There’s a softer brushed fabric where the helmet drags over your face. Also, there’s a lighter material around the top of the head.
The cheek pads can be swapped out for different sizes to adjust the fit.
Although, the standard thickness in most sizes is 35 millimeters, and you can go down to 31 millimeters for a bit more room.
There are also three thicker sizes available if you want a closer fit.
The cheek pads can also be put into race mode, which tilts the helmet back on your head to give you better forward vision when you’re in a racing tuck.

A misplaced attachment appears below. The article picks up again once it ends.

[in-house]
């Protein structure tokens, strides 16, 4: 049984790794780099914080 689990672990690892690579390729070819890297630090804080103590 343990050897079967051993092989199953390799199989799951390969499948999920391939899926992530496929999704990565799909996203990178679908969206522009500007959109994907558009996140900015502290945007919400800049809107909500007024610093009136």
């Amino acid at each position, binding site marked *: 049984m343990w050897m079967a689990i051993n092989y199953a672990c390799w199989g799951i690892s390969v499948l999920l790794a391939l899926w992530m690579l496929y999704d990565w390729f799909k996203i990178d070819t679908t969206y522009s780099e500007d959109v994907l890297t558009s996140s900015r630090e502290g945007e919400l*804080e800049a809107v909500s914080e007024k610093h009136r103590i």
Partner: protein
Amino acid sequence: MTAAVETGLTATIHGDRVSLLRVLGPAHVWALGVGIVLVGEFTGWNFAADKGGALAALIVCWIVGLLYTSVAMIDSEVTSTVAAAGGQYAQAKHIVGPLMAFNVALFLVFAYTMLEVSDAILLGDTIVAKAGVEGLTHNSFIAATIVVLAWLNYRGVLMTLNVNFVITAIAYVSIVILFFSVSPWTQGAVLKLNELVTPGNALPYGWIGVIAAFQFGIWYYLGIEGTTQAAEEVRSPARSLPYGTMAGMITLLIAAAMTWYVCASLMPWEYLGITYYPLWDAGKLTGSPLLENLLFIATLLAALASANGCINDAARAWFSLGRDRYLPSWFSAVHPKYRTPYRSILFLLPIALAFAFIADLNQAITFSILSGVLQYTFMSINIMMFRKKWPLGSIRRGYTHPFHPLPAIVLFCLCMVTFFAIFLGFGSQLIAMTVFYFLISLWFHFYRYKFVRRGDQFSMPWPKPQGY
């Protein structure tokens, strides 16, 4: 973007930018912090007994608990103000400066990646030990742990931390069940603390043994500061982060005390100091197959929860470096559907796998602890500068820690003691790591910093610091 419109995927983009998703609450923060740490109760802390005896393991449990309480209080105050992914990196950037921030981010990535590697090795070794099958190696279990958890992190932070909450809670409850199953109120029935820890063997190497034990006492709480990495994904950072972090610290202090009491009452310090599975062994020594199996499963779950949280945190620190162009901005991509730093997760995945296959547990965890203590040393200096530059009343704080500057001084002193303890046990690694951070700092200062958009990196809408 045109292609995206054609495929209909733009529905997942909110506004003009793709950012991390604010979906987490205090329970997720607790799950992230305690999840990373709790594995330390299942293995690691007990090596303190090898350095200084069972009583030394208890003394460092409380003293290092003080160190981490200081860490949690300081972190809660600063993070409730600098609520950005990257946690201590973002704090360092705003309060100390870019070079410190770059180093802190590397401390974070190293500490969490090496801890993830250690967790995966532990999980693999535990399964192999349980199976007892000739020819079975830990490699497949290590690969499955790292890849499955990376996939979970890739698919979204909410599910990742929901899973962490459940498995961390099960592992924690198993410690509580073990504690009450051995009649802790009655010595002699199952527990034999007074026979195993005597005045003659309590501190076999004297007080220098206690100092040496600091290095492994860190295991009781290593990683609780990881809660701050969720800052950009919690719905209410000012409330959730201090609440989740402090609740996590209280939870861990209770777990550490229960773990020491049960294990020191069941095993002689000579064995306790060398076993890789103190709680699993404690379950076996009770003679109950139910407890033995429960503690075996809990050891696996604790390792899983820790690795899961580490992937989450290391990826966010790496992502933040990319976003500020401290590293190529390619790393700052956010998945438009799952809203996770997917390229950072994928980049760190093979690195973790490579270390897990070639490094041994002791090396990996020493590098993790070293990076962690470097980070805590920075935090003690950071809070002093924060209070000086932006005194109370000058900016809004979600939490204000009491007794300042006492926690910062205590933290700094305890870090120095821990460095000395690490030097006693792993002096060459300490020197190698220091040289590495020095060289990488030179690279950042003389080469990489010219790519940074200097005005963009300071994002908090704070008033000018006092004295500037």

On the X-Spirit 3, you could do that without taking the pads out of the helmet, but on this one, you need to remove them, relocate some poppers and then put them back in the helmet in race mode.
The top pad is also adjustable, and the options for that are vast. In addition, there are four removable sections to that top pad, front back, and two temple pads.
You can also tweak how they all mount into the holder, which adjusts the fit slightly.
Each of those pads also forms a pocket, which lets you put an extra piece of padding in there to give extra support around the head.
You can do the same on the very top of the head. So if you want the fit to be just so, then there are all sorts of combinations you can try to get it right for you.
As well as removable cheek and head pads, the covers for the chin strap come out for washing.
If you doubted this for even a fraction of a millisecond, the strap does that with D-rings as you get on all good race helmets.